Our society values hard workers. It’s an admirable trait, linked with dedication and even passion. But too often, this concept of having a good work ethic can mutate into a form that is unhealthy, both for us as workers and for our social expectations of each other. We equate the idea of someone having a good work ethic with the amount of hours or overtime they put in, rather than the output of their work. If someone is sacrificing their personal time and other commitments in favour of work, we value that sacrifice and label it as having a ‘good work ethic’, rather than wondering why that output can’t be achieved in the time allotted to it ie; your working hours.
Because of this, if someone is working well and producing quality output within their allotted hours and doesn’t do the overkill, overtime, burning-out kind of work that we associate with good output, we consider that ‘doing the bare minimum’. There is an expectation in our society these days that if you really care about your work, you'll be burned out, miss out on things and you’ll make sacrifices for it. And part of that sacrifice can be our rest ethic. But if we sacrifice our rest ethic, in the long run it will lead to further burnout and longer recovery time, meaning less achieved in the lon run.
Getting to the point of burnout can be a result of many things. Some doctors believe that, although burnout itself is not a medical condition, that it is the result of conditions like depression or severe stress. But mostly, burnout is the emotional or physical toll on the body, generally as a result of feeling or being overworked. It can make sufferers feel exhausted, lost and feeling like their contributions and achievements don’t matter. The lack of energy, enthusiasm and satisfaction can leave people disillusioned with their job, resorting to destructive behaviour, struggling to switch off after work and feeling unsatisfied with their career.
Having a good rest ethic can combat this burnout, making the day-to-day output of work easier to manage in the long run. It’s about taking time just for yourself. Don’t necessarily think self-care with facemasks and bubble baths (although if that’s what you’re into, go for it). It’s about taking the time to do nothing. Not your laundry or tidying the house or your side projects – just genuinely unproductive, relaxing nothing. Self-care isn’t necessarily the same thing, as often, some people’s form of self-care is feeling organised. So that includes things like doing your shopping, meal prep, clearing out your room – all great things to do to feel better and more organised – but they’re not activities that fall under rest ethic.
Cultivating a rest ethic is being comfortable with yourself when you’re not being productive. Watching a mindless show that you enjoy, reading a book that you really like (not one that you have to read for a book club or class or for anyone but yourself), meditating or going for a walk just for you, with no particular destination or errand to run. Its an important skill to learn, to check out of productivity mode and to move into the restful state that allows you to recuperate and feel well rested before tackling tomorrow’s tasks. Some important things to bear in mind when cultivating a work ethic are:
Learn your limits
It’s important to know your own body and mind and what they can handle. If you’re doing insane overtime and can feel your mental health slipping because of it, it’s important to set a boundary there. Or when you know that it can take an hour sometimes to do a task that should take 15 minutes when you’re sufficiently rested, then you know your rest time is not sustaining you well enough. It’s all a cycle; in order to work well, you must rest well and in order to feel like you deserve to rest well, you must work well. The importance is in finding the balance, knowing your limits and setting boundaries accordingly.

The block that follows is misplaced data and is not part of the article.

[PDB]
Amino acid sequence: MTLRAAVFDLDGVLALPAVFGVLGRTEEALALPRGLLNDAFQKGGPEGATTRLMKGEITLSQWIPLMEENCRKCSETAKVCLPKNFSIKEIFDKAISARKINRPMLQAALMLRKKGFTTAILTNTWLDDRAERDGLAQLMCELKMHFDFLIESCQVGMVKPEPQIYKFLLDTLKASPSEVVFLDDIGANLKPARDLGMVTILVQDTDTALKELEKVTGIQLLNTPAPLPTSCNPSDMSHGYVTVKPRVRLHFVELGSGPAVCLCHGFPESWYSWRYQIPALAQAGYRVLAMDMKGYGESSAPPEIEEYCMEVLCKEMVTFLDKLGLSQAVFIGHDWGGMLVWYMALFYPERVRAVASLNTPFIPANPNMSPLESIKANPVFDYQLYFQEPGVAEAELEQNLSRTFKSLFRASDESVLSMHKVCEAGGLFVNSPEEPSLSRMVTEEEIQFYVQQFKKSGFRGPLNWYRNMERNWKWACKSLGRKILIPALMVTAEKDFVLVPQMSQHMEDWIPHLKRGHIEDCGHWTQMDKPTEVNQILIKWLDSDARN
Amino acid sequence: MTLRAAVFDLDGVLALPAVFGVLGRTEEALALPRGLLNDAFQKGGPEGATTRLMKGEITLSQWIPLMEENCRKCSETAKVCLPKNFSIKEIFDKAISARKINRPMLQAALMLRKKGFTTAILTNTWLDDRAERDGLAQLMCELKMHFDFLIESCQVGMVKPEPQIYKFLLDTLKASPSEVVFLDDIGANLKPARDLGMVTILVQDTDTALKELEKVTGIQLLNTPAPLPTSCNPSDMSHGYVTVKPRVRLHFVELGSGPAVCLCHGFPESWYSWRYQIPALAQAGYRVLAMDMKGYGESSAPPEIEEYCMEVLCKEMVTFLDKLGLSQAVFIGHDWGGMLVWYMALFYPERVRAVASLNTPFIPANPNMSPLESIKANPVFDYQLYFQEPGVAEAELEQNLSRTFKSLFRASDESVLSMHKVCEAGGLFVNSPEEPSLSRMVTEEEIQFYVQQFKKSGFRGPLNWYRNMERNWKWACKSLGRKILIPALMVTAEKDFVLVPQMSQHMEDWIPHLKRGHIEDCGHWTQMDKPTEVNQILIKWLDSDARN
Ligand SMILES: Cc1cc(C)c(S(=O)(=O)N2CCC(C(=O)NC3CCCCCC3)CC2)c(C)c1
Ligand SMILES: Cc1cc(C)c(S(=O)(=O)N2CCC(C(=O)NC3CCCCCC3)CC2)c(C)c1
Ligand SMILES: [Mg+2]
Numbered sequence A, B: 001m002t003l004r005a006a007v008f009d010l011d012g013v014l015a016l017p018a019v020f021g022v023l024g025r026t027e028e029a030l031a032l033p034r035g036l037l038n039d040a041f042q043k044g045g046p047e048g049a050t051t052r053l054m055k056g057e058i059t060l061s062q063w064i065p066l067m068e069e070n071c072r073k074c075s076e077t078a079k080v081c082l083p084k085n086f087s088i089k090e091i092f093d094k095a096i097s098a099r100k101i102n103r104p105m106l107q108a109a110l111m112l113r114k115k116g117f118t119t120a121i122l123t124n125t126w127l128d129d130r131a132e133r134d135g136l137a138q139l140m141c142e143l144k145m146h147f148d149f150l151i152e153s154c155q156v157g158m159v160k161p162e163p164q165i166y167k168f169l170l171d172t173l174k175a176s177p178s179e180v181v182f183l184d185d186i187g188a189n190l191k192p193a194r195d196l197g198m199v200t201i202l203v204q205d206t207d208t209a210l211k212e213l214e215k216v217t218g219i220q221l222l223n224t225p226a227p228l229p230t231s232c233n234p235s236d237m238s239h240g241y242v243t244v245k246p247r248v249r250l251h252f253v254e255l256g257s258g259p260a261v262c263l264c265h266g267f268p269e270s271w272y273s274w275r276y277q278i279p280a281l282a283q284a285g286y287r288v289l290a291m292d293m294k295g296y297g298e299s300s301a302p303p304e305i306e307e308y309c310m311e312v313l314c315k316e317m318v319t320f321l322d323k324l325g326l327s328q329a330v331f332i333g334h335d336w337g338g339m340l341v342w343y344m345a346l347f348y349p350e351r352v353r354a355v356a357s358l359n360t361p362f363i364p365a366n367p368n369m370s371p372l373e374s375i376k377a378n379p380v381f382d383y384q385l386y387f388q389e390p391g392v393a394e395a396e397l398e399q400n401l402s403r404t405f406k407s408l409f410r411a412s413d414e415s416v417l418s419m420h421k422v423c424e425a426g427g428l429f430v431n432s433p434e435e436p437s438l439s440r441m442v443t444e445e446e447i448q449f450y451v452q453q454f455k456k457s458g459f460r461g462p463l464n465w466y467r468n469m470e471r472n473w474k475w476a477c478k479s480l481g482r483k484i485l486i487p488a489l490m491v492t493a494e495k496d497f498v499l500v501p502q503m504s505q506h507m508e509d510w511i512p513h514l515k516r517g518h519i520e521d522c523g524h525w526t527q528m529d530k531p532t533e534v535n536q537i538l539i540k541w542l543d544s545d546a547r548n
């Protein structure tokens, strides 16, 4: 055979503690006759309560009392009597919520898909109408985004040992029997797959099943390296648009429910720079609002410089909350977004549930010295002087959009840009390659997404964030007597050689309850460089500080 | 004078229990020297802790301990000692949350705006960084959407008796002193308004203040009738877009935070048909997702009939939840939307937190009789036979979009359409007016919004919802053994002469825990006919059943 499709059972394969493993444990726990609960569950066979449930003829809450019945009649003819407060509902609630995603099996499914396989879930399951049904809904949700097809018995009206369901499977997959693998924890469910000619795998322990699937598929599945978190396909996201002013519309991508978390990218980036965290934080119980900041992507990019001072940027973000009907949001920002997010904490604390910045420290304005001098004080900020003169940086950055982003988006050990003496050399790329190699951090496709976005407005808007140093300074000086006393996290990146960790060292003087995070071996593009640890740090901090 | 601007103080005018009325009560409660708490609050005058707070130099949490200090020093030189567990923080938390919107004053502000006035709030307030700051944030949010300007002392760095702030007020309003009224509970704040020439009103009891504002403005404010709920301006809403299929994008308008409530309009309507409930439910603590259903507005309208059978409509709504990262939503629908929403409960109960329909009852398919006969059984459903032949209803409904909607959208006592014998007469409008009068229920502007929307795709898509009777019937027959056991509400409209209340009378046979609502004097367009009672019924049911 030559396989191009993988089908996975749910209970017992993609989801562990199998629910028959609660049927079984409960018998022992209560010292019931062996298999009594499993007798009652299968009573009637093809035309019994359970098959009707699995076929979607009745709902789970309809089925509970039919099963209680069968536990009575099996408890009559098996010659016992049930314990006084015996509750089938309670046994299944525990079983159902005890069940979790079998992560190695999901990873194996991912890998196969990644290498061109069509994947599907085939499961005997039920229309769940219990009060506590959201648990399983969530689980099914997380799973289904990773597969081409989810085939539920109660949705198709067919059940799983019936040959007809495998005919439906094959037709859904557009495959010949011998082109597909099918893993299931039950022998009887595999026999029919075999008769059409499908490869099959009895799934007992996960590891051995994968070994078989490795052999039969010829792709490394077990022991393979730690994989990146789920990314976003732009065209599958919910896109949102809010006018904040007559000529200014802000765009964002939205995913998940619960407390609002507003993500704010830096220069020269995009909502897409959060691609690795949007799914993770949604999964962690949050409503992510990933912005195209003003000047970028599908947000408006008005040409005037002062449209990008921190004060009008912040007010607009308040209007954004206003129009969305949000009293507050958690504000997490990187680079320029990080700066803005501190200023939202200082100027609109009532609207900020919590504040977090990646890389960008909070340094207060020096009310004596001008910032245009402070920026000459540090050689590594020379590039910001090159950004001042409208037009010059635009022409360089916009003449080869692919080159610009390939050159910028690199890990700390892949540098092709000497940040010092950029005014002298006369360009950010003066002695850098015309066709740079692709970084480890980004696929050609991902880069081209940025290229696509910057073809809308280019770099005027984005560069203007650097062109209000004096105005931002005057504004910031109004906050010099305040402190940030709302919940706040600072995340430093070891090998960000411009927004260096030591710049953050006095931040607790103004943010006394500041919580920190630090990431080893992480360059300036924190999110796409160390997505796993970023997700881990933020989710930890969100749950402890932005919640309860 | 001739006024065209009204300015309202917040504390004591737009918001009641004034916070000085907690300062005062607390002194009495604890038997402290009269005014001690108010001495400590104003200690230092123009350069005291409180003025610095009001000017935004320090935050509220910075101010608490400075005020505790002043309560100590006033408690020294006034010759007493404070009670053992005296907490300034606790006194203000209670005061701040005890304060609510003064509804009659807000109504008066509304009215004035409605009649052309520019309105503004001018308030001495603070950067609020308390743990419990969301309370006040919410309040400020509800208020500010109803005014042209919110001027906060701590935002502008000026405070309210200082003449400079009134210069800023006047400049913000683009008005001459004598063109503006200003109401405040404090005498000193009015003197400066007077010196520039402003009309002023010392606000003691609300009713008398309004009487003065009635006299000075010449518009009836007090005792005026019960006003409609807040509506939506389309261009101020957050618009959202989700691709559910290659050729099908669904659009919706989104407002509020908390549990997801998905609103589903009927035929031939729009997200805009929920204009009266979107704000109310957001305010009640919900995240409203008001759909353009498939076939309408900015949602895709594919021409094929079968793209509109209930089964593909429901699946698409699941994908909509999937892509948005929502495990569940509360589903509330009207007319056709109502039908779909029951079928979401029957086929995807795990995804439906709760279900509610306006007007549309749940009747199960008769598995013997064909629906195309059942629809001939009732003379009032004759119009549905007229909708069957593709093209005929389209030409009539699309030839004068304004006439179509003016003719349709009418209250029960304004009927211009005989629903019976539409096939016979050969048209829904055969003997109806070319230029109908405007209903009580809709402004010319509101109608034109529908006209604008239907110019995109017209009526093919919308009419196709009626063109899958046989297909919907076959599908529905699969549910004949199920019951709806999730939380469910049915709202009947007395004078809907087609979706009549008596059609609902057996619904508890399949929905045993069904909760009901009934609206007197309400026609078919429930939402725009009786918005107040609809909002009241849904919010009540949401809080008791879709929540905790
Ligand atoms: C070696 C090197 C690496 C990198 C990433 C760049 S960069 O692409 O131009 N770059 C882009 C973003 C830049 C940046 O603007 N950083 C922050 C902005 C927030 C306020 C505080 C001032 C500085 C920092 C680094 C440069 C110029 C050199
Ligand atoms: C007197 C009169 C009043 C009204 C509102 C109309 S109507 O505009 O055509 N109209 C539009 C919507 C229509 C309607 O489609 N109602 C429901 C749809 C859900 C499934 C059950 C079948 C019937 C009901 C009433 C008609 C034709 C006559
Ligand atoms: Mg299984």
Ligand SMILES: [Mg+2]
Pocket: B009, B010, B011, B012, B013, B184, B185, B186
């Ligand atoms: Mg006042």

Quantity vs quality
We’ve all heard this one a hundred times, but it can be hard for that to sink on a serious level when our society measure sour work performance by our output and how tired we are. It’s all about working well, not working to output. A bigger work output does not necessarily mean a better work output. Work ethic is about more than just a number at the end of the day. Focusing on the quality of your work will bring greater job satisfaction, better quality work and better balance in your work life.
Personal projects are not restful
How often do you finish a day’s work and think, great, now I can work on my other projects? We all have some passion, some side hustle that’s our ‘outside-of-work’ way to blow of steam. But these things are not the same as resting. Whether it’s a blog, a small business, a craft or a self-development project, even if it feels like you’re working on something enjoyable, it does not necessarily mean its restful. It’s imperative to ‘fill ourselves up’, when our day in work is spent ‘pouring ourselves in’. If there is no rest time to fill up the reserves then come our regular workday, we have nothing left to give. Personal projects are great things to have and allow for passion outside of work to be explored and lets us develop personally. But they’re another thing in our lives that require our energy, instead of building our energy up.
The pressure to work hard and always self-improve is huge in our society. Enough is never enough, we all want to work harder, achieve more and say we made it. But that mentality can mutate into something harmful that holds you back if we don’t look after ourselves and guard our boundaries between our work and rest lives. A good work ethic (in terms of quality, not quantity) are important for satisfaction and achieving our goals. But a good rest ethic is just as important for those things It’s time to stop pretending that one can exist without the other and make a conscious effort to make time and space in our lives to cultivate and practice a good rest ethic.